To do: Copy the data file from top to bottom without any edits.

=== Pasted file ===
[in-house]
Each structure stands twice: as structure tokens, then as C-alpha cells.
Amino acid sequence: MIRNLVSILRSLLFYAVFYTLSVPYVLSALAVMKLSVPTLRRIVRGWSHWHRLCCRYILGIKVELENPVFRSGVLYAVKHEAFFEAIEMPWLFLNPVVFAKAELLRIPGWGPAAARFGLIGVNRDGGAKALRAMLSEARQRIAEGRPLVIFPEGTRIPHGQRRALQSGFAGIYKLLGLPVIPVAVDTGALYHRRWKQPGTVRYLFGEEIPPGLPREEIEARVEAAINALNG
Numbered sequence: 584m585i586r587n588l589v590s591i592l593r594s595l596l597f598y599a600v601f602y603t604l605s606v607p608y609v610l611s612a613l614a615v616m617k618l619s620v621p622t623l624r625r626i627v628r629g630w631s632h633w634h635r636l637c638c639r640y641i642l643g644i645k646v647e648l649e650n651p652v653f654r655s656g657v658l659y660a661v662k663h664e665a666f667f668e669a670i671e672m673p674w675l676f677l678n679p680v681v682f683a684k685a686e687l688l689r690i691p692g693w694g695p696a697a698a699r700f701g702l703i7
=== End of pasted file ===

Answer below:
[in-house]
Each structure stands twice: as structure tokens, then as C-alpha cells.
Amino acid sequence: MIRNLVSILRSLLFYAVFYTLSVPYVLSALAVMKLSVPTLRRIVRGWSHWHRLCCRYILGIKVELENPVFRSGVLYAVKHEAFFEAIEMPWLFLNPVVFAKAELLRIPGWGPAAARFGLIGVNRDGGAKALRAMLSEARQRIAEGRPLVIFPEGTRIPHGQRRALQSGFAGIYKLLGLPVIPVAVDTGALYHRRWKQPGTVRYLFGEEIPPGLPREEIEARVEAAINALNG
Numbered sequence: 584m585i586r587n588l589v590s591i592l593r594s595l596l597f598y599a600v601f602y603t604l605s606v607p608y609v610l611s612a613l614a615v616m617k618l619s620v621p622t623l624r625r626i627v628r629g630w631s632h633w634h635r636l637c638c639r640y641i642l643g644i645k646v647e648l649e650n651p652v653f654r655s656g657v658l659y660a661v662k663h664e665a666f667f668e669a670i671e672m673p674w675l676f677l678n679p680v681v682f683a684k685a686e687l688l689r690i691p692g693w694g695p696a697a698a699r700f701g702l703i7